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Thursday, August 23, 2012

Comment on excellent 'The Atlantic' article, 'The Cheapest Generation'

I've been following these trends carefully with an eye to both the Southeast and the Pacific Northwest, both of whose mid-sized urban areas are downsizing housing and autos. Serenbe, the bespoke ecologically-minded community a half-hour south of Atlanta is the new paradigm for this movement.

A still-small-but-growing trend is the Tiny House movement with houses which may be +/-150-500 square feet, or so. Some are even smaller, even while the national average is over 2500 square feet. I've decided to go the Tiny House route when I fully retire. All that's required is a postage-stamp-sized piece of land (mine will be high-altitude) with connections to utilities, although the housing industry is fighting this trend tooth and nail. The early adopters in that home-building business will probably be the winners. And the feet ** and knuckle- ** draggers will be left behind in the (saw)dust.
The Today show recently aired a segment on tiny spaces in Manhattan, all that a recent-grad might afford. Some are finding that it's all they need anyway. 
In late-1984, I specially-ordered and bought a 1985 Honda Civic CRX HF, a 59-mpg 2-seater in an era of road boats. By today's safety standard, it probably left much to be desired, but I had a ton of fun with it driving the winding backroads of the Southern Appalachians. My heart has always been with the small and fuel-efficient and I'm glad to see a return to that.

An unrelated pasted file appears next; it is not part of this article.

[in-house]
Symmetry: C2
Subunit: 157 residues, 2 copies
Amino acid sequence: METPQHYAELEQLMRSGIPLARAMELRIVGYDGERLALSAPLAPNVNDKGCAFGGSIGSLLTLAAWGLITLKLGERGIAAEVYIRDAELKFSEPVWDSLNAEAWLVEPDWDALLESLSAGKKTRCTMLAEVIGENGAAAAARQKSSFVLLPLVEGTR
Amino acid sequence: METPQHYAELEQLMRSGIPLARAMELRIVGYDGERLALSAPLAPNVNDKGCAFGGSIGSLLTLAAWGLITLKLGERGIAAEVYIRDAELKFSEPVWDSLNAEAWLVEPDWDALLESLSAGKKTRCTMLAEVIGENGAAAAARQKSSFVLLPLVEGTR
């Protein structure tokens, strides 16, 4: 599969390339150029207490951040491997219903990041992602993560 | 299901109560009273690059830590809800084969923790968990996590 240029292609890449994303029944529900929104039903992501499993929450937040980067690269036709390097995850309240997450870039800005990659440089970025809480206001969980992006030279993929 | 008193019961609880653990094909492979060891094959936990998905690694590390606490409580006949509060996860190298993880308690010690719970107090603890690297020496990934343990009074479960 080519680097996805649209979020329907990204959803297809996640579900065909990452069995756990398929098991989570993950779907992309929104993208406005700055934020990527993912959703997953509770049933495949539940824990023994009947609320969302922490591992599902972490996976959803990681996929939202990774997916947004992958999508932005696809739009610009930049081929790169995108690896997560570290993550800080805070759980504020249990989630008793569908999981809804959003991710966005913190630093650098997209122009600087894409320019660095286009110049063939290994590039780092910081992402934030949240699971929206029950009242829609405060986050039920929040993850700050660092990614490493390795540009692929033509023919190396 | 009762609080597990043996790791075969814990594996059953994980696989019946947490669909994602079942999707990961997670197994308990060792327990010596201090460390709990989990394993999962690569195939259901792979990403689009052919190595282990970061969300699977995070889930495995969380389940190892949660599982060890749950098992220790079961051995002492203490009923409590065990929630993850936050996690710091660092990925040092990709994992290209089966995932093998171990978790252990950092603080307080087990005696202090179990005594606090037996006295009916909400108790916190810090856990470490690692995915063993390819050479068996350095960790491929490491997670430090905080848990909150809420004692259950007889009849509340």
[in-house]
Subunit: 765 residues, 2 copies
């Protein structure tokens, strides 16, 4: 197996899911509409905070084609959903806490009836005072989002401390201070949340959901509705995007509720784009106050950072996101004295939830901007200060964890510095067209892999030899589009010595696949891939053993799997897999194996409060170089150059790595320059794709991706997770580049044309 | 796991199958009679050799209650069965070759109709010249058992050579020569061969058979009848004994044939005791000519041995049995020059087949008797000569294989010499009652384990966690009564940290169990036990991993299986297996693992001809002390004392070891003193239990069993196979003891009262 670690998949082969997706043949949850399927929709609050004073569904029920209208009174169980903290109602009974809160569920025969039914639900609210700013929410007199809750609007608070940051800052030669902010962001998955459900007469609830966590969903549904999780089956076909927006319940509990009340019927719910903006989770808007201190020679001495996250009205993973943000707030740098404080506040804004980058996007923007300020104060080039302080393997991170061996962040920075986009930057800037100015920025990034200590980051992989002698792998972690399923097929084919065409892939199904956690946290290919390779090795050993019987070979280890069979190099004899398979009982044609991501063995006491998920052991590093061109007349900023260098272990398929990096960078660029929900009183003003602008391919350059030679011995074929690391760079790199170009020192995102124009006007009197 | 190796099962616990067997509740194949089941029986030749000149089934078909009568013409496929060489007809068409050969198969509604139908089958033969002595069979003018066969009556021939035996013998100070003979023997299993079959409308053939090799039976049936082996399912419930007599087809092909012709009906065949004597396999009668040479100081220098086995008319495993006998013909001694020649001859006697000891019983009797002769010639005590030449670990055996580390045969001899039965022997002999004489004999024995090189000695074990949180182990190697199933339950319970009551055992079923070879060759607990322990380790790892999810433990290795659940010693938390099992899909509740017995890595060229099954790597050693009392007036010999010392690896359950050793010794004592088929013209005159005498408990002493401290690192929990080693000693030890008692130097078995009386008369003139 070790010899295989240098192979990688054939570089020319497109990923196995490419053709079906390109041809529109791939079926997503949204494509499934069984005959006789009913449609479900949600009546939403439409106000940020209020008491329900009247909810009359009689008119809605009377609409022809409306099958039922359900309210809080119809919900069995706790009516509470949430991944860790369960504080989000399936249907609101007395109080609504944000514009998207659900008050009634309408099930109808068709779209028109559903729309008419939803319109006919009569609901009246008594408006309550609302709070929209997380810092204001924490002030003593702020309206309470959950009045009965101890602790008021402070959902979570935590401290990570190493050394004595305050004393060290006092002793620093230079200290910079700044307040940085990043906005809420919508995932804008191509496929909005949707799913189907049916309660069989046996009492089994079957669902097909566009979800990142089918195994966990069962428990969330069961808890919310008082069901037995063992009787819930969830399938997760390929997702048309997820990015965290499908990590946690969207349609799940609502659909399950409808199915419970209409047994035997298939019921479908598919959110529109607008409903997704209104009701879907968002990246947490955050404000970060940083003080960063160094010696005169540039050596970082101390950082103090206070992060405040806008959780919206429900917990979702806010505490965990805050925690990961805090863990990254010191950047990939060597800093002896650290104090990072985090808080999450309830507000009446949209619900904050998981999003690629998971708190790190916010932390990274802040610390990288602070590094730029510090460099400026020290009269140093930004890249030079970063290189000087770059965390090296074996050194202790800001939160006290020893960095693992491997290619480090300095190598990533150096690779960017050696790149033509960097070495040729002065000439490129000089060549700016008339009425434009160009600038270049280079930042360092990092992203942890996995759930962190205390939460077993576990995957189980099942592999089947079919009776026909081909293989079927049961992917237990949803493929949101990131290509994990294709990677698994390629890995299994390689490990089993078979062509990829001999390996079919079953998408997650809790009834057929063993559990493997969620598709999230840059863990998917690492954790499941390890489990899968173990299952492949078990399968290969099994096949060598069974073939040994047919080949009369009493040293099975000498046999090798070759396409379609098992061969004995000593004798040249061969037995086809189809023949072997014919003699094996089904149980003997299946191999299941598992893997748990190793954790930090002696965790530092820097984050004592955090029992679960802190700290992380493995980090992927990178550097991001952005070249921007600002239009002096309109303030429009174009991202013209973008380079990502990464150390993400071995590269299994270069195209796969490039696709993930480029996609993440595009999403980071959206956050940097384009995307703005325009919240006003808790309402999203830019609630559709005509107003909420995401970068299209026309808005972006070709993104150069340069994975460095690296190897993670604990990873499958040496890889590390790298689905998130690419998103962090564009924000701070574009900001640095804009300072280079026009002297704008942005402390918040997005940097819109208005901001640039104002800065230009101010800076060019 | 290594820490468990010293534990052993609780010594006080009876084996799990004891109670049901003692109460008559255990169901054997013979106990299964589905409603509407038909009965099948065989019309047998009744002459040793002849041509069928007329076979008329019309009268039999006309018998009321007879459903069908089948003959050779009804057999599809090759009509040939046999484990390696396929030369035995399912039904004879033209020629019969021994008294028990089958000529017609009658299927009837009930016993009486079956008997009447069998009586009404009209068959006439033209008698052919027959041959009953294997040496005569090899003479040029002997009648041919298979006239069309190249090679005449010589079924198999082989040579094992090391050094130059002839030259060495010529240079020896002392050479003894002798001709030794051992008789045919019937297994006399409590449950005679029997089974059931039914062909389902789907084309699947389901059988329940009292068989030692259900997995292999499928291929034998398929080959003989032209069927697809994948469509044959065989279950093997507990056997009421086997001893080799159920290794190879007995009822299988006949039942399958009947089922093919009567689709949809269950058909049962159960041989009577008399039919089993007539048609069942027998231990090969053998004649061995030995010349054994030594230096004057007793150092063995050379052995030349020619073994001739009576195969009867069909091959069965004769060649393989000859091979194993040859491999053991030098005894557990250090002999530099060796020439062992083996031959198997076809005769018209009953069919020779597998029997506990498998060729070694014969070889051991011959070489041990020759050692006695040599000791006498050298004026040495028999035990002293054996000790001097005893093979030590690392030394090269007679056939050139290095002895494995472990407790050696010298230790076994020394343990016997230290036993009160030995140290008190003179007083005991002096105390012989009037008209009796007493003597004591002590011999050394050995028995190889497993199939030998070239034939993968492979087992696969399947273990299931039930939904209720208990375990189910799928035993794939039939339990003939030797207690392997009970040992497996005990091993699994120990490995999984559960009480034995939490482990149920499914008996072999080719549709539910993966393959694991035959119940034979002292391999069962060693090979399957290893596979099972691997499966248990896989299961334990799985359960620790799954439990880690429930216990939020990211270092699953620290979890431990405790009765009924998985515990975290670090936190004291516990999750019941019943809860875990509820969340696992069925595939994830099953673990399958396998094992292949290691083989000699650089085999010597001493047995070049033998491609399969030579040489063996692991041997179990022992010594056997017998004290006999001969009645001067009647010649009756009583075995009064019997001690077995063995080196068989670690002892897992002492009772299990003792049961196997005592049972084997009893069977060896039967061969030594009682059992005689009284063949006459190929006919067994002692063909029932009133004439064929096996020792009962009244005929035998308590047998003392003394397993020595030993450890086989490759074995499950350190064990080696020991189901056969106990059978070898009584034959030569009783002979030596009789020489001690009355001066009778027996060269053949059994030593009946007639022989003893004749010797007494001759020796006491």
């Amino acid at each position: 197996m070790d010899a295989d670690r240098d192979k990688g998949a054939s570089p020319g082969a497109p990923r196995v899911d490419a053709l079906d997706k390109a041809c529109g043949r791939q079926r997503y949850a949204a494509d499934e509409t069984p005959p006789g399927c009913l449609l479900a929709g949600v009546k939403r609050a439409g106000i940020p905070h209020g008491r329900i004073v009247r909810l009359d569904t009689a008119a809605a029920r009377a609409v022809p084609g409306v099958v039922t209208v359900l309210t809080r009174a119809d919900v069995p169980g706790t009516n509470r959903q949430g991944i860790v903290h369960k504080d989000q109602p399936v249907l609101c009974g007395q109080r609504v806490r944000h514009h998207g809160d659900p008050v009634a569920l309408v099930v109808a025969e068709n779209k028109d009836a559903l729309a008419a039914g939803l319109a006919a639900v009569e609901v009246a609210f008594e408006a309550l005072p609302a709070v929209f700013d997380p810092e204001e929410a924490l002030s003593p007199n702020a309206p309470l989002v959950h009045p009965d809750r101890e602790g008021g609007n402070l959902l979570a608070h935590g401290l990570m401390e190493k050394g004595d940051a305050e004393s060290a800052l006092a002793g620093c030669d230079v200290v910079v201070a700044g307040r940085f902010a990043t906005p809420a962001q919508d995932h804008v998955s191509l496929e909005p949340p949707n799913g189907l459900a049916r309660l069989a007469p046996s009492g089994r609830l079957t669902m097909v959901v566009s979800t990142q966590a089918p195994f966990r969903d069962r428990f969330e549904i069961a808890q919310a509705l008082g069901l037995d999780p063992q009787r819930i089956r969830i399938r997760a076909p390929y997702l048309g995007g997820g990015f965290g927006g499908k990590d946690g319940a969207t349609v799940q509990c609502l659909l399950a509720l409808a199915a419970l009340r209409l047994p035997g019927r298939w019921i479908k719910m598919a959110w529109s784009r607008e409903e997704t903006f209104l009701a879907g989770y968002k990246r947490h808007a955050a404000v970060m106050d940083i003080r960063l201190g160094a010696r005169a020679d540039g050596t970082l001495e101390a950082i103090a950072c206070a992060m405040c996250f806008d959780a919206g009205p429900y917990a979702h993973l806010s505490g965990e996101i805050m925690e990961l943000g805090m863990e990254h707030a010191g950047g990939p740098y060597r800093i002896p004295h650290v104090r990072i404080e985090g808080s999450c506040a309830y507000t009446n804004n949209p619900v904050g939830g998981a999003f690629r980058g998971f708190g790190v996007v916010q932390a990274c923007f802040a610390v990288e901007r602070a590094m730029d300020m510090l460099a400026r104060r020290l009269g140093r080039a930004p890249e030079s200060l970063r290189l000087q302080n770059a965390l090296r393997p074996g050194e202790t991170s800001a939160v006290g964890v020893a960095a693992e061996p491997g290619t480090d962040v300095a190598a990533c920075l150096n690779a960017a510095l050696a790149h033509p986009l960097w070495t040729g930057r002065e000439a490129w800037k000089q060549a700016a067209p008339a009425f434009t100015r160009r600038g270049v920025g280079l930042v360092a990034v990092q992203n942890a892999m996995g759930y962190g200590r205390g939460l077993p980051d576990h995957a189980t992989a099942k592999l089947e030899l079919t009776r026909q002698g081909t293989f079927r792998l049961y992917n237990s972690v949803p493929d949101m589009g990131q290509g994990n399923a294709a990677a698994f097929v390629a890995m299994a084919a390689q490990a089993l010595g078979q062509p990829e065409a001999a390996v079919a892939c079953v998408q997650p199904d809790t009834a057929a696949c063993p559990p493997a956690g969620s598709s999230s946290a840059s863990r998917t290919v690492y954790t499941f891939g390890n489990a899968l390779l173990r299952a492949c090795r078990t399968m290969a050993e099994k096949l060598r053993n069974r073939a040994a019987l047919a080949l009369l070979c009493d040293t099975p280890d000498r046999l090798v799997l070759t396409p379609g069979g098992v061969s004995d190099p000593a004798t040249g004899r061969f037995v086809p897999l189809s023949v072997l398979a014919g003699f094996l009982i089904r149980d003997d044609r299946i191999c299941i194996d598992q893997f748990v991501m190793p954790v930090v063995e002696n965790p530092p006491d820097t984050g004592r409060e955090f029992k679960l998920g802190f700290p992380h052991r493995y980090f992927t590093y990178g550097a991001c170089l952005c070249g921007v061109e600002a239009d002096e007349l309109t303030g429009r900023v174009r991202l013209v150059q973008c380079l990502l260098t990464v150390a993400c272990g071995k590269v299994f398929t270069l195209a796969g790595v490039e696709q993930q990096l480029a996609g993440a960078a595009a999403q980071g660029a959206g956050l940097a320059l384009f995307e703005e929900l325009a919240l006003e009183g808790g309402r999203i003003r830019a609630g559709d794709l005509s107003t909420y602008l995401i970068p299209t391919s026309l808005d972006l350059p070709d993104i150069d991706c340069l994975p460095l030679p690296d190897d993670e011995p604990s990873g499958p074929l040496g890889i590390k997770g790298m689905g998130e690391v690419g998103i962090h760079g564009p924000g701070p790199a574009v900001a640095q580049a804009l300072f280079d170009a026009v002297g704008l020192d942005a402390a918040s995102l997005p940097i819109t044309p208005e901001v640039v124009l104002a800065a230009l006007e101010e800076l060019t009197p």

Hey, I'm also all for luxurious cars, and I'm glad to see Mercedes, Audi, Volkswagen, BMW, Chevy, Ford, Chrysler, Hyundai, Kia, Nissan, Mazda, Toyota, Subaru, and all the other makers playing Up-The-Mileage. That's smart of them, and good for us. Even better will be when the day comes when not a single car on the road relies on greenhouse-gas-producing fuels.
These Gen Y kids are smart, a hell of a lot smarter than my generation is. They're completely revamping work rules, and they're still efficient and productive. They're saying, 'Why do I need 2000 square feet to clean when I'm only going to live in 500 square feet of it?", and they're right. They're using car-sharing rather than car-buying because for the hour a week that they drive, it's just a grocery hauler, or maybe a go-see-some-nature conveyance, and why would anyone want to pay a grand a month for that?
Smart. I'm proud of my generation's accomplishments too, but we threw caution to the wind and left our toys scattered and the playground soiled. I think the Gen Y'ers will be the ones to fix what we broke, and I thank them in advance.
The excellent 'Atlantic' article, "The Cheapest Generation" by Derek Thompson and Jordan Weissmann can be found here.